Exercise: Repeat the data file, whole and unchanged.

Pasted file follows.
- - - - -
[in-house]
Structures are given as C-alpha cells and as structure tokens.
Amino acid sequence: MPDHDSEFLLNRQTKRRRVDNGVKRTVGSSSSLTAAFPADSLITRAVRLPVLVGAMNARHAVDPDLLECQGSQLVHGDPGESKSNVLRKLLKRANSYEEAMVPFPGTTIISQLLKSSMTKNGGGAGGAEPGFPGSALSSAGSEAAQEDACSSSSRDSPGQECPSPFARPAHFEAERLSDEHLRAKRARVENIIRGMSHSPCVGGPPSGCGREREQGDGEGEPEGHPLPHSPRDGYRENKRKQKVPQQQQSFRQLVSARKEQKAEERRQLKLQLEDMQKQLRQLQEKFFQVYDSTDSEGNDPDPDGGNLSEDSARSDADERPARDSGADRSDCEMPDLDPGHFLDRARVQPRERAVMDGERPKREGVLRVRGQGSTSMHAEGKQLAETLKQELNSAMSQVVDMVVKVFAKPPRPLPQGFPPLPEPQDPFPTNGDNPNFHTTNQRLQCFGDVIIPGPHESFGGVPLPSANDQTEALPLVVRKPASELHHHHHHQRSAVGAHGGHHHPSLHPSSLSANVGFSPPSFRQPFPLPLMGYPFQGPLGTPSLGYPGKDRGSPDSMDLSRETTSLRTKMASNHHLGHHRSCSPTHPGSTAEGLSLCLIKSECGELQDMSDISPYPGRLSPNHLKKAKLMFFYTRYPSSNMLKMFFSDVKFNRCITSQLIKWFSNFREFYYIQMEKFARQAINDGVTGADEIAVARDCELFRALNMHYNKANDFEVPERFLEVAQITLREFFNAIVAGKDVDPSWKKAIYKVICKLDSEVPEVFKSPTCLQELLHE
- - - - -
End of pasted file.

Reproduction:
[in-house]
Structures are given as C-alpha cells and as structure tokens.
Amino acid sequence: MPDHDSEFLLNRQTKRRRVDNGVKRTVGSSSSLTAAFPADSLITRAVRLPVLVGAMNARHAVDPDLLECQGSQLVHGDPGESKSNVLRKLLKRANSYEEAMVPFPGTTIISQLLKSSMTKNGGGAGGAEPGFPGSALSSAGSEAAQEDACSSSSRDSPGQECPSPFARPAHFEAERLSDEHLRAKRARVENIIRGMSHSPCVGGPPSGCGREREQGDGEGEPEGHPLPHSPRDGYRENKRKQKVPQQQQSFRQLVSARKEQKAEERRQLKLQLEDMQKQLRQLQEKFFQVYDSTDSEGNDPDPDGGNLSEDSARSDADERPARDSGADRSDCEMPDLDPGHFLDRARVQPRERAVMDGERPKREGVLRVRGQGSTSMHAEGKQLAETLKQELNSAMSQVVDMVVKVFAKPPRPLPQGFPPLPEPQDPFPTNGDNPNFHTTNQRLQCFGDVIIPGPHESFGGVPLPSANDQTEALPLVVRKPASELHHHHHHQRSAVGAHGGHHHPSLHPSSLSANVGFSPPSFRQPFPLPLMGYPFQGPLGTPSLGYPGKDRGSPDSMDLSRETTSLRTKMASNHHLGHHRSCSPTHPGSTAEGLSLCLIKSECGELQDMSDISPYPGRLSPNHLKKAKLMFFYTRYPSSNMLKMFFSDVKFNRCITSQLIKWFSNFREFYYIQMEKFARQAINDGVTGADEIAVARDCELFRALNMHYNKANDFEVPERFLEVAQITLREFFNAIVAGKDVDPSWKKAIYKVICKLDSEVPEVFKSPTCLQELLHE